Green Bay’s downtown homeless shelter is operating like normal with no sign that city officials are enforcing new occupancy limits.
But the facility’s future is anything but certain.
Officials from both sides met privately Friday to discuss potential ways to resolve a dispute over occupancy limits at St. John the Evangelist Homeless Shelter, 411 St. John St.
Mayor Jim Schmitt has objected that the shelter is accepting more than 80 residents nightly while its city permit, the mayor contends, limits the operation to 64 residents.
The city last week notified St. John that it could be cited for violating its permit. Schmitt then agreed to hold off on any such enforcement action until after a winter storm had passed on Thursday.
In a joint statement issued following Friday’s meeting, city and shelter officials said they had discussed possible solutions, but that the matter would “require additional work.”
“We are committed to working together for the benefit of the individuals served by the shelter and the community,” the statement read.
St. John’s shelter, which is open daily from 5 p.m. to 9 a.m. between November and April, had 82 guests for emergency overnight accommodations starting Thursday night. Shelter officials contend that city officials approved an operating plan that allows the facility to accommodate up to 84 guests during peak demand times.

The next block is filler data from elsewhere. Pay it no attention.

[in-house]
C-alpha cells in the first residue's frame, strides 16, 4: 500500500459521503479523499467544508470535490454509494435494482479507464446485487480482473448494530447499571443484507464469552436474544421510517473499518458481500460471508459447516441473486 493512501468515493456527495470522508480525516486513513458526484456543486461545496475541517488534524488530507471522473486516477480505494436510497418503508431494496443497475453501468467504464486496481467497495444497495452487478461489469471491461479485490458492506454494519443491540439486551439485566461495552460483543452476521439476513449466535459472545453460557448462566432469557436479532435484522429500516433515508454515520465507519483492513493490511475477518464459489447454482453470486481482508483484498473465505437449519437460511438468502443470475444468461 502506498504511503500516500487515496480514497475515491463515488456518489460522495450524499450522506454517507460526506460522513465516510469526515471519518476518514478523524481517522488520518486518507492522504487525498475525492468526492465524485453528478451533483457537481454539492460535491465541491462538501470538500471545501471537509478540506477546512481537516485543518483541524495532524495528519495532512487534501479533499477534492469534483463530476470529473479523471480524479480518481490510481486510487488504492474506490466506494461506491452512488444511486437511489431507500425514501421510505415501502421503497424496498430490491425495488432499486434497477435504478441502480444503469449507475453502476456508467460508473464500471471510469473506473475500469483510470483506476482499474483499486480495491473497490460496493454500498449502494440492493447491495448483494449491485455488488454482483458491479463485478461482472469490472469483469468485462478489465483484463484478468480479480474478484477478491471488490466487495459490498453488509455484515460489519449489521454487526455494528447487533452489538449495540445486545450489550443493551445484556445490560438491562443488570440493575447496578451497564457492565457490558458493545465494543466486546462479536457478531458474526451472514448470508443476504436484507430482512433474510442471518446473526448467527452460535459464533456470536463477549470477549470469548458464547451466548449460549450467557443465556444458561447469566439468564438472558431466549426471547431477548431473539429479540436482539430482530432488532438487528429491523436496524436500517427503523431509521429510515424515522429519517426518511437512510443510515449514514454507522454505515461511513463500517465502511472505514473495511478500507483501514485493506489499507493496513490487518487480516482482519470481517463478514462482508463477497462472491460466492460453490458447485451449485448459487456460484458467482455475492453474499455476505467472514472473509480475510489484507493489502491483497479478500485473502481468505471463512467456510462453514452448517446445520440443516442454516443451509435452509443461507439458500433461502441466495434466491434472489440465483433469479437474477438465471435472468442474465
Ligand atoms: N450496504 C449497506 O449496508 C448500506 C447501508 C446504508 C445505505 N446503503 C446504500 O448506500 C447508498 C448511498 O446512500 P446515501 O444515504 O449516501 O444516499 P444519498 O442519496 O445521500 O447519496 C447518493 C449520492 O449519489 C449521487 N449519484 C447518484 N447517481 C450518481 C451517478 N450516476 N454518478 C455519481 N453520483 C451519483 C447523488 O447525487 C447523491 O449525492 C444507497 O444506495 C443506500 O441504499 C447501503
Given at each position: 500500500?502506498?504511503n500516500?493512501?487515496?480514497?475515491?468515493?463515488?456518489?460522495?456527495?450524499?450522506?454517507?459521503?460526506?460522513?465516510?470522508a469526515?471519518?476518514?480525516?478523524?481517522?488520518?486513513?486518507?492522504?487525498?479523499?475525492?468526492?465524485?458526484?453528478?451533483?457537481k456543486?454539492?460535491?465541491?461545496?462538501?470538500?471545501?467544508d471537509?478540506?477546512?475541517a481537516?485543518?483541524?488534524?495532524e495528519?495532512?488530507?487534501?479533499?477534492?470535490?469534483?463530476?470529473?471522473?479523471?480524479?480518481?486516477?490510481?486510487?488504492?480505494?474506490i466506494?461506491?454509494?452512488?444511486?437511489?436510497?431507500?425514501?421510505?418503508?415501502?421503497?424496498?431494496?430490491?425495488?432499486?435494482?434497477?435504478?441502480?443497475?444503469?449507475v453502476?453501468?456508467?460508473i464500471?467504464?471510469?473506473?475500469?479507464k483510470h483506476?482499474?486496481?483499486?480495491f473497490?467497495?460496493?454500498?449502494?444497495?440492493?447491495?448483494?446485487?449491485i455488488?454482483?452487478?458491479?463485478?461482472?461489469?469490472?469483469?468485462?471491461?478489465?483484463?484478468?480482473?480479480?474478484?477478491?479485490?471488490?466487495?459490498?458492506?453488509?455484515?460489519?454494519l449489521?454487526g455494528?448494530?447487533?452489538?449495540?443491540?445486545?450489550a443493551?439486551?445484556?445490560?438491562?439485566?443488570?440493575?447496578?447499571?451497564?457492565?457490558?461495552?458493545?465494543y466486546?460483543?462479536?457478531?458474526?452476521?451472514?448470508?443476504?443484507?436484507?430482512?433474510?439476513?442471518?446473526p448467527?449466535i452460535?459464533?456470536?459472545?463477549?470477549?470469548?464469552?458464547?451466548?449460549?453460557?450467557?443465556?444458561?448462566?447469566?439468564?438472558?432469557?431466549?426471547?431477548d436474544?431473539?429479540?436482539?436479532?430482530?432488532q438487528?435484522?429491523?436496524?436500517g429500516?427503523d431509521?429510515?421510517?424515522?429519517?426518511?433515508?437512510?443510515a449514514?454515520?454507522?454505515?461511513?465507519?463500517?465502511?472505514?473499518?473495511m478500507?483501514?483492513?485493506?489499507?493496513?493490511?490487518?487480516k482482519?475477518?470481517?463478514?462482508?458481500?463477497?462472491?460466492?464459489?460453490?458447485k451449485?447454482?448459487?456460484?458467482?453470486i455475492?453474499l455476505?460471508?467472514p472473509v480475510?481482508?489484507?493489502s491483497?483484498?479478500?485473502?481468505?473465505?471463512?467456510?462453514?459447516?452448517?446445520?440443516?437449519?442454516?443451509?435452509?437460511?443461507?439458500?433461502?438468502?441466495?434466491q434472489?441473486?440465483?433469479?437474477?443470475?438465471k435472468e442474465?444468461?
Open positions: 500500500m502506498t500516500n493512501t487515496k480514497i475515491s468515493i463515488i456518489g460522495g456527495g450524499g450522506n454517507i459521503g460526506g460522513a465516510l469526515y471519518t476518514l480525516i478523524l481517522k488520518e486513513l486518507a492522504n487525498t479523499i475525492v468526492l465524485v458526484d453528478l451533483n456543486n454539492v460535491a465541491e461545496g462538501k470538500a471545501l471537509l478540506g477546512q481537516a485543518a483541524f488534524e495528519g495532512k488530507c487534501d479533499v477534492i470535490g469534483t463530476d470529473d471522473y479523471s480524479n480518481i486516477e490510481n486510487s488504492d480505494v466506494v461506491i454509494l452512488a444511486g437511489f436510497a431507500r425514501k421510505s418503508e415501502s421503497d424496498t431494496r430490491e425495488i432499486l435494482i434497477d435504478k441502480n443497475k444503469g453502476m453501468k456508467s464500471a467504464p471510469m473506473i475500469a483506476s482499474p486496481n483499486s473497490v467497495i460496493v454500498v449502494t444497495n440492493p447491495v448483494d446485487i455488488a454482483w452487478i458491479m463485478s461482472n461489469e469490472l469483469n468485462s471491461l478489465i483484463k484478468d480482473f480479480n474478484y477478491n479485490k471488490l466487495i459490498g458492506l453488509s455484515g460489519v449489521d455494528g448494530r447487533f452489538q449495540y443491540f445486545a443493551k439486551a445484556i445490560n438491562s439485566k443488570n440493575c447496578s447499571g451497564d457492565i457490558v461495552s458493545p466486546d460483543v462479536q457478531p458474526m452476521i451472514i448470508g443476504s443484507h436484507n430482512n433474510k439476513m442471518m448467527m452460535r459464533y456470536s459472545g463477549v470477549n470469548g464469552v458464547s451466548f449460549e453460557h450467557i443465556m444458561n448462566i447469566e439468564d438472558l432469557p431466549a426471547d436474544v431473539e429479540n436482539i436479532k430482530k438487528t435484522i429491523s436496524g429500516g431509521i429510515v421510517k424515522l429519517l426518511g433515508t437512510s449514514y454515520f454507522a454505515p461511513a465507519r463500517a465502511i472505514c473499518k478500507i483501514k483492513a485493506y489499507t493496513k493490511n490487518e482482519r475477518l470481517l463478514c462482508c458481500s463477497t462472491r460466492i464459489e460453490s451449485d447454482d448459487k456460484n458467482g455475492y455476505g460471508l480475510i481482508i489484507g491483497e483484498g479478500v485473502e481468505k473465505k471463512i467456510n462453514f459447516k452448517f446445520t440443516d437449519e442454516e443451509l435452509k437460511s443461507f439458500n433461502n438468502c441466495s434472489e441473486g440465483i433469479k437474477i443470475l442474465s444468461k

In the joint statement, the only reference to potential city citations against the shelter was that the “possibility of enforcement action” still exists.
City officials declined to comment further in the statement.
Officials of the Diocese of Green Bay, which operates the shelter, issued another statement indicating that the shelter was operating normally.
Deacon Tim Reilly, the shelter president, also extended an apology to Schmitt for previous statements that mayor had lost “leadership credibility” on the issue. Reilly said he hoped the diocese and city could work together to resolve their differences about the shelter.
“There are complex issues ahead of us as we, as a community, face this growing issue of homelessness,” Reilly said in the statement. “We will use this time to work diligently to work out the issues.”
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